In our human culture, as we mature, we are allowed to have more say, exercise agency, in greater ways. Yet so much of our society and social rules continue to constrict and limit agency. This situation happens very often for animals who as “pets” or as workers for humans, are confined and restricted. A family “pet” is regularly confined to small spaces, or wears a collar that is not comfortable for her or him. Maybe they’d rather be without that collar while they sleep. The same thing happens with a horse’s halter. For example, a horse’s halter is often kept on, not for the horse, but to satisfy human convenience. More often than not, people overlook what the horse may be experiencing.


There is so much we do unthinkingly out of habit that is culturally conditioned, with non-human animals whom we “love,” without really giving much thought to its impact on their personal agency and physical experience.


Another thing I would add, is that we do share with other vertebrate animals the same prime muscles that move in response to some stimulus such as a cringe reflex or a startle response. We tend to get hung up on outside form and forget that we share a lot of movement patterns across species. Many of us (human and nonhuman) are walking around holding previous constrictions or past events that inform our current reality. The stimulus in our current reality is colored by the past, and these memories are held in the nervous system, and mirrored in the musculature.


JK: What is the similarity between Hanna Human Somatics and Hanna Equine Somatics?


GH: The similarities between Hanna Human and Equine Somatics are in the principles and the common patterns that we share across species in the nervous system. As vertebrates, we share patterns of tensions and contractions in the neuro-muscular system. But there are differences that relate to body form and activities. For example, horses have patterns of contraction that evolve from carrying saddles, wearing a bit, and being led by the head which humans may not have. While our patterns of habituation across species are different, we share contraction of tension patterns. In a similar fashion, the compensation patterns—that is, ways that we alter our inherent movement ability to compensate for pain or disabilities—might be different. A horse may shake his head and stretch his mouth in response to the bit and bridle and being directed through the head.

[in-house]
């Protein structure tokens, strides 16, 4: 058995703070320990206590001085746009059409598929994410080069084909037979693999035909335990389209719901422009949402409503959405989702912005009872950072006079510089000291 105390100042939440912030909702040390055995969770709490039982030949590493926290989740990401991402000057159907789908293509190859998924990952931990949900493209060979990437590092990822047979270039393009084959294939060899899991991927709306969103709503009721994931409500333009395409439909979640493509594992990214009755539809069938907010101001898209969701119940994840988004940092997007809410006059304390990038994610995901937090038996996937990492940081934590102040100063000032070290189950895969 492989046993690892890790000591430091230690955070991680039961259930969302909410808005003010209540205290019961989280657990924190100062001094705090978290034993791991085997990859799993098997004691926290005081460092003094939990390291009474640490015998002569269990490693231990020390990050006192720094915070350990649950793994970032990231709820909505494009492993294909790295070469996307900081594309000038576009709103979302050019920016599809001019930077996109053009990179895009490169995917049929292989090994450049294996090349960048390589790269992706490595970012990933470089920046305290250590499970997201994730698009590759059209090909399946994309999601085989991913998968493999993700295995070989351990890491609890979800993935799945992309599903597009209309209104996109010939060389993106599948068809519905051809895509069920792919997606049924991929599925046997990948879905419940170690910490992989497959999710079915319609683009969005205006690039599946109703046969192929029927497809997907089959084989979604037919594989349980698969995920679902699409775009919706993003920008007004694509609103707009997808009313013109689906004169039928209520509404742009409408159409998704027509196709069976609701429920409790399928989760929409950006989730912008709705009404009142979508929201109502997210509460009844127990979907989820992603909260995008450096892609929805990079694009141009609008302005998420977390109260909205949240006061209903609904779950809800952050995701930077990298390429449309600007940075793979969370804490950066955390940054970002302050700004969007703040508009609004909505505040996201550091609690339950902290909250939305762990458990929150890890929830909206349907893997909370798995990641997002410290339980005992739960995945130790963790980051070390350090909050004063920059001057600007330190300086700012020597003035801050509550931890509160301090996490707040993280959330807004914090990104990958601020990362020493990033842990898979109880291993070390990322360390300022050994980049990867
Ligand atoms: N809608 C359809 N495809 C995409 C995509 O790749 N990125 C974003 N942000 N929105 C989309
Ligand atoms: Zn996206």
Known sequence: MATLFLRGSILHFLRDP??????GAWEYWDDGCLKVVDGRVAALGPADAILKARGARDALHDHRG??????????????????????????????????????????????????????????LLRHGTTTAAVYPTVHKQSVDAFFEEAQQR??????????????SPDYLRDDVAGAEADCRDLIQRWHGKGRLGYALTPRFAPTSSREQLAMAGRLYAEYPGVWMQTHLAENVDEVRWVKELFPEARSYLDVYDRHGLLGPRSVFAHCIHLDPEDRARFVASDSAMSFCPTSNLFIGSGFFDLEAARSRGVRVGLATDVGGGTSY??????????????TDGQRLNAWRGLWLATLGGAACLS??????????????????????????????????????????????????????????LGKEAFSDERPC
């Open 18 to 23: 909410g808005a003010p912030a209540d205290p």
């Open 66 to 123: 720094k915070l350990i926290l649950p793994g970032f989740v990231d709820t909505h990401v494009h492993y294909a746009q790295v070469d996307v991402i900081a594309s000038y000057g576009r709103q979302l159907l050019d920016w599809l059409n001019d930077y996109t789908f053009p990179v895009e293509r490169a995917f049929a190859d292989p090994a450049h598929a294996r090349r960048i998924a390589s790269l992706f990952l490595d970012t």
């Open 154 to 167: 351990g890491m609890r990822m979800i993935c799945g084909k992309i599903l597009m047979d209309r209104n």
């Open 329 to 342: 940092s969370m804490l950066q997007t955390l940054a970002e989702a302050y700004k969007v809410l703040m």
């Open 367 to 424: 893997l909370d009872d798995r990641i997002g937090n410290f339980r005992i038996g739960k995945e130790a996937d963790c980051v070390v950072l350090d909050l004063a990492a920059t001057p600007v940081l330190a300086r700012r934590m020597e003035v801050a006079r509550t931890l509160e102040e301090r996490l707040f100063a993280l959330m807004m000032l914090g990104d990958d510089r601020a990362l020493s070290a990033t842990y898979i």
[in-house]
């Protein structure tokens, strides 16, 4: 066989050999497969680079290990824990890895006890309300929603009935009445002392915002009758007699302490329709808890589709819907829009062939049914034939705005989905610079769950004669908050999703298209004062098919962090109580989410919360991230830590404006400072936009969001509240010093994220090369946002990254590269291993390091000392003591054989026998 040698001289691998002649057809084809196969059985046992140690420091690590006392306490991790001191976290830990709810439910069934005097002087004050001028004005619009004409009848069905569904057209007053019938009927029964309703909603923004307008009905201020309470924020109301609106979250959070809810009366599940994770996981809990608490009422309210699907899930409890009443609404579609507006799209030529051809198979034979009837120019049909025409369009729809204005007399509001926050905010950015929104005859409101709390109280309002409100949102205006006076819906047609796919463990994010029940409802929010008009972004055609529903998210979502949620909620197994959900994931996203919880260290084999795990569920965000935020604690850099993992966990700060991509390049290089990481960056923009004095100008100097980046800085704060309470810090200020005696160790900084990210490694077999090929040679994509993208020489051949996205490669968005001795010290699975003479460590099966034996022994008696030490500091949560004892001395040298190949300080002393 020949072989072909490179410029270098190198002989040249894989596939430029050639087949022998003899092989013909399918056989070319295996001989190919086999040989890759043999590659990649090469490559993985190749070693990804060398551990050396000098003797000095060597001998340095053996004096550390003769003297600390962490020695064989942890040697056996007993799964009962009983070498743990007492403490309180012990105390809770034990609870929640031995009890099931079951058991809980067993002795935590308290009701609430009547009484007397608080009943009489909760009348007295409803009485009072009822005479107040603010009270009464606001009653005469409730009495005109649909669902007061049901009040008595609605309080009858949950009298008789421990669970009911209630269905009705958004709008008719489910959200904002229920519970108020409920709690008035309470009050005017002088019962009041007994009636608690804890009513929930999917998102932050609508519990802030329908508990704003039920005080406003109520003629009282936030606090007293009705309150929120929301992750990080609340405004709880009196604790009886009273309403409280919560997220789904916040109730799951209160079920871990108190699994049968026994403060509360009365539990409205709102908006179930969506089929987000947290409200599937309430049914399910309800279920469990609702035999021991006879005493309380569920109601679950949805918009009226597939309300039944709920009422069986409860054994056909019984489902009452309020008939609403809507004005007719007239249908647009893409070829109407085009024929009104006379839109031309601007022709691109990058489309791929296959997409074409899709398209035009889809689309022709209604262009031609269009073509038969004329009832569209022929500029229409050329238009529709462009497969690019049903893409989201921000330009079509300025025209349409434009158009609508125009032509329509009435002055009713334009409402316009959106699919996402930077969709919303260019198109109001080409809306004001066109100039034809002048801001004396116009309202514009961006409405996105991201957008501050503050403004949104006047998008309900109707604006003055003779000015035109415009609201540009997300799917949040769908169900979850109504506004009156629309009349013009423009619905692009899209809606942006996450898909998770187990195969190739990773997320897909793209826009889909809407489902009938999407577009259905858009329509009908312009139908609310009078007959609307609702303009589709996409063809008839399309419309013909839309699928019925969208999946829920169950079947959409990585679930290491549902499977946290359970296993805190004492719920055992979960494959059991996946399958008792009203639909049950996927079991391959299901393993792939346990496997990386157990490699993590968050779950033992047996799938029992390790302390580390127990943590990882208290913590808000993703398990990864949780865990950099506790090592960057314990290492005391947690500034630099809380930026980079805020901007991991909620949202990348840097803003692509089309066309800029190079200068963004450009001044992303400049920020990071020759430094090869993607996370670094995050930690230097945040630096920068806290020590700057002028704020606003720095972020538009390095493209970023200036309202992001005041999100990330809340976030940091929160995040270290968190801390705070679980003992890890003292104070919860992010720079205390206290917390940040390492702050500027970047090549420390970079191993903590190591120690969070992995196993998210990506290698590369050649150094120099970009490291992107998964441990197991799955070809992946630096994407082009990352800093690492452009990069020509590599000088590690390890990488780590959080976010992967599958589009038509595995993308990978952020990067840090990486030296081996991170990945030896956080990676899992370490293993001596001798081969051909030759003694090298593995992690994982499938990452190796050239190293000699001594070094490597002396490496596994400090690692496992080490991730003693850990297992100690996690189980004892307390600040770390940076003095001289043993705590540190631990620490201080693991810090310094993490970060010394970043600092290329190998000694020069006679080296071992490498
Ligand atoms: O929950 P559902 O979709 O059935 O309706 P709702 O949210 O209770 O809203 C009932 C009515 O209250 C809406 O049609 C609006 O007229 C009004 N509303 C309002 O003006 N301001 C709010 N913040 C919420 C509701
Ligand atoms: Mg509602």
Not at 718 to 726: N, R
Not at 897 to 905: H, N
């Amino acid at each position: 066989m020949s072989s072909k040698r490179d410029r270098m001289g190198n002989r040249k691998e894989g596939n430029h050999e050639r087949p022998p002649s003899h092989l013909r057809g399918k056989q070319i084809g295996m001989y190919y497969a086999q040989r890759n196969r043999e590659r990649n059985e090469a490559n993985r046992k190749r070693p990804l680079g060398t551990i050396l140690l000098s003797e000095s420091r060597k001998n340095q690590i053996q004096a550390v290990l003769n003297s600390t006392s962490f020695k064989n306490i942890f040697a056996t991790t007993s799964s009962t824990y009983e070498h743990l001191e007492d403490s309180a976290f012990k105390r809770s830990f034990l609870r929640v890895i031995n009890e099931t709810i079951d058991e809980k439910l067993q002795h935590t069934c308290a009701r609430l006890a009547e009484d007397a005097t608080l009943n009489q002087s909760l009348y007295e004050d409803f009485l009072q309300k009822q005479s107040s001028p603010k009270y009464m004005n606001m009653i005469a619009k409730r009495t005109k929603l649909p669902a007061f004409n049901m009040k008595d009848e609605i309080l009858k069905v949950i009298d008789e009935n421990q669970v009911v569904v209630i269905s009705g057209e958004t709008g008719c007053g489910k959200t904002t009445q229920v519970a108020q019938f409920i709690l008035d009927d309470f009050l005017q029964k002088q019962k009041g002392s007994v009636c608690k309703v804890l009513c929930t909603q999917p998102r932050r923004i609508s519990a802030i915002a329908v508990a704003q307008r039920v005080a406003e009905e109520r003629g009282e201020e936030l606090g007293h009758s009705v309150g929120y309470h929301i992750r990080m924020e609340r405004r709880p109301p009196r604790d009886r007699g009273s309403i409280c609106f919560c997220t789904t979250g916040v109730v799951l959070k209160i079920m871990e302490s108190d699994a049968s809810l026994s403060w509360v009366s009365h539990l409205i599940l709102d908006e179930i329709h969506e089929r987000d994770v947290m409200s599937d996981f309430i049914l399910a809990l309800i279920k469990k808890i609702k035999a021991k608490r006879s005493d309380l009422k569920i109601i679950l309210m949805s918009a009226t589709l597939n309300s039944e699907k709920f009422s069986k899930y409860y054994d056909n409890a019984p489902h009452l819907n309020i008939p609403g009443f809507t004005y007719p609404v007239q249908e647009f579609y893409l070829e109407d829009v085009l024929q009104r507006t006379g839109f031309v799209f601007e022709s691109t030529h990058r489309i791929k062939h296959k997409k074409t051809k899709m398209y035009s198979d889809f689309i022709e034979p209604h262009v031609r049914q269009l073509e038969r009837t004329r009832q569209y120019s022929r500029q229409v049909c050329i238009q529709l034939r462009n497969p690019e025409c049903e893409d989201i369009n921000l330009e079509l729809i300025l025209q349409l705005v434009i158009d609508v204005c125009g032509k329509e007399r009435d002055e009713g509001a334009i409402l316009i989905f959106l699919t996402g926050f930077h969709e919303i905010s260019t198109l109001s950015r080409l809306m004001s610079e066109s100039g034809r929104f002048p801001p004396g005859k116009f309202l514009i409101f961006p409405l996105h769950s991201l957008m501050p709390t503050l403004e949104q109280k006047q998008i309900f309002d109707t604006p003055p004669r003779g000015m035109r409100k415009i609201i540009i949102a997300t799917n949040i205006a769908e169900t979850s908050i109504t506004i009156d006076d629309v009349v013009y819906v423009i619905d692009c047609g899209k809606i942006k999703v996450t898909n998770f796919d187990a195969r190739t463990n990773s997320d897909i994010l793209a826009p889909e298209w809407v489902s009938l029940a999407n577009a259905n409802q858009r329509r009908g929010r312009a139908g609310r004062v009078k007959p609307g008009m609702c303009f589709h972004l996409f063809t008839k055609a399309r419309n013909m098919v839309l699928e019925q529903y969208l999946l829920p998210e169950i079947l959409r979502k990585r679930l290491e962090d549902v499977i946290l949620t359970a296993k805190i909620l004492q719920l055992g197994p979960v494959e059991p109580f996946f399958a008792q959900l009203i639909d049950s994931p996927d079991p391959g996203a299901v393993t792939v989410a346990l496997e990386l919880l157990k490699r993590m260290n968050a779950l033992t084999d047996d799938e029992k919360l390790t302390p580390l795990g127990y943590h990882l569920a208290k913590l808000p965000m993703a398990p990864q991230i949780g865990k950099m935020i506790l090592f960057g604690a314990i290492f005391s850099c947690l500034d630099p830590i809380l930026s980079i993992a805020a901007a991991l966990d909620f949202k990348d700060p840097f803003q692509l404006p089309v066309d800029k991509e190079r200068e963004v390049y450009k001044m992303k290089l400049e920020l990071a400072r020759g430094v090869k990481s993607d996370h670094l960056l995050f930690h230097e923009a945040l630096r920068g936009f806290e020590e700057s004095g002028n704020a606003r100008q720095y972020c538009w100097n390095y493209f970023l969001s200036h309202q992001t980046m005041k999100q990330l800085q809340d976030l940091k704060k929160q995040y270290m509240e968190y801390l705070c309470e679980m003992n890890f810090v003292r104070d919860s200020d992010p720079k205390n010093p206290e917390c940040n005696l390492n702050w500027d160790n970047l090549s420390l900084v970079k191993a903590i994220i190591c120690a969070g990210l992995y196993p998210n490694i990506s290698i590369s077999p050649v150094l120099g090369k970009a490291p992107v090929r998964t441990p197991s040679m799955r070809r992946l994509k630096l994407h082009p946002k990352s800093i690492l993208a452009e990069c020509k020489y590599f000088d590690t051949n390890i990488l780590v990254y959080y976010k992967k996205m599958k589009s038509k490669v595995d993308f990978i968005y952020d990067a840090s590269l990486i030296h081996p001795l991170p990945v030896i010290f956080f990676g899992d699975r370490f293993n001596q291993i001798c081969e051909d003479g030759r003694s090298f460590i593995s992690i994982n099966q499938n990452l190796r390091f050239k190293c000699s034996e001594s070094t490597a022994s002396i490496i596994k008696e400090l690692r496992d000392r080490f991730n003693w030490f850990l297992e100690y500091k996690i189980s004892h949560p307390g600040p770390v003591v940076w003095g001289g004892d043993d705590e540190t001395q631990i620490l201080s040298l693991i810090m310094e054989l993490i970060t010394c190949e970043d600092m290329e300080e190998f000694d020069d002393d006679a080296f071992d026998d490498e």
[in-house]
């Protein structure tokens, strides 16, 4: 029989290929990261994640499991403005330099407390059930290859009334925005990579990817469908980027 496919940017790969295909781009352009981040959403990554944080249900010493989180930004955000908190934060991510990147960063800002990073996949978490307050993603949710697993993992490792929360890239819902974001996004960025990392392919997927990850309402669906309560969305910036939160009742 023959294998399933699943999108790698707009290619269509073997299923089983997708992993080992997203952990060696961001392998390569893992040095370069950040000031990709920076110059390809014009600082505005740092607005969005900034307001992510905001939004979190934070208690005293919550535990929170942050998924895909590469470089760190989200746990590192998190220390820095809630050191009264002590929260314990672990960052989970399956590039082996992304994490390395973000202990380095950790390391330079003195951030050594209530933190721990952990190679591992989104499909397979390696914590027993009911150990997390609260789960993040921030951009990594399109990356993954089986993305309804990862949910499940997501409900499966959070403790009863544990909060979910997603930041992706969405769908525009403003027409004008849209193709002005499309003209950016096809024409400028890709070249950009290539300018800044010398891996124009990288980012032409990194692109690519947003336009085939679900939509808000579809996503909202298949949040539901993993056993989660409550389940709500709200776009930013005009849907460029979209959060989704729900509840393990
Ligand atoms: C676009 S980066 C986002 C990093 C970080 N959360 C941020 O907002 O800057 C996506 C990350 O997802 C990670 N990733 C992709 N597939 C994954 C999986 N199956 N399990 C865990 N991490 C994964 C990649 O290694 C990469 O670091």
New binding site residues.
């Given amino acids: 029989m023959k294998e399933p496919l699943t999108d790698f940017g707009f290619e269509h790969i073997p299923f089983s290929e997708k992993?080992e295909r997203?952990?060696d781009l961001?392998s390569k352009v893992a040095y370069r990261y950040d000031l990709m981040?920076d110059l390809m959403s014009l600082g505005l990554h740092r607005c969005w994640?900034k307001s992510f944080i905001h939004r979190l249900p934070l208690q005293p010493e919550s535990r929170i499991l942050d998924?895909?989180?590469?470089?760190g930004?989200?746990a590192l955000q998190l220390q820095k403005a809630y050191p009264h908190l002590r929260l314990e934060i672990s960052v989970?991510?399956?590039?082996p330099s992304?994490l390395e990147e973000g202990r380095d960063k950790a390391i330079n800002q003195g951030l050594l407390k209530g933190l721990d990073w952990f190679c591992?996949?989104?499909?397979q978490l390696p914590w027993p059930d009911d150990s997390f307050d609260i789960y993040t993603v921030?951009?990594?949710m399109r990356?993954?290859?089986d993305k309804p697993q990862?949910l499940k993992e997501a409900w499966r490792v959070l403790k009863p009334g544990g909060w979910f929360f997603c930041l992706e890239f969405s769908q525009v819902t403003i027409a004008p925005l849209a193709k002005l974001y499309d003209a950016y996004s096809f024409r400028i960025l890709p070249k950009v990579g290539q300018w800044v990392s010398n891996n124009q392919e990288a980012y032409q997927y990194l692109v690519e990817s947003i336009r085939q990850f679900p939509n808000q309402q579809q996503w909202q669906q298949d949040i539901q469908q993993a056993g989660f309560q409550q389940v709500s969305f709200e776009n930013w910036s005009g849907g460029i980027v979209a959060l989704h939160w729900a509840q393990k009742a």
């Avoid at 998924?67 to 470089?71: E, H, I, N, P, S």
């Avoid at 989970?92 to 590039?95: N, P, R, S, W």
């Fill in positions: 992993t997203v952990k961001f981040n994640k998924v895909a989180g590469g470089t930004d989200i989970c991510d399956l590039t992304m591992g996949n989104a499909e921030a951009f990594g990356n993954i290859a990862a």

On other hand, humans might keep their shoulders drawn up towards their ears, or move the head forward away from the spine, or tuck their pelvis under and push from their thighs to move in space. Human compensation patterns are different due to the difference in daily demand and the species’ anatomy, but we all share similar prime mover muscle responses to the environment. With horses, canines and humans, the principles are applied through working with the sensory motor system in a way that the individual is receptive to, working with the individual nervous system.


Glo&BellaJK: What are you doing instead when you meet with the horse?


GH: I come to the horse on the horse’s own terms. For instance, I worked with a horse with a hip injury. However, some states in the U.S. do not allow you to put your hands on a horse unless you are a veterinarian or chiropractor. So in those cases, I teach the guardian how to work with the horse and to work with his or her horse somatically. In other instances, I can work as a “trainer,” because legally, as a “trainer” you may touch a horse, but of course, I am not at all working as a trainer would. Unfortunately, you don’t have to have a license to spur a horse, but you have to have a license to “help” a horse. This reflects a big problem for horses. They are still regarded as objects and tools for human use. In all cases, I teach the horse and the horse’s person somatic principles so that when I leave, both the horse and the person have a new understanding about how their mutual brains and bodies connect as a first-person based experience.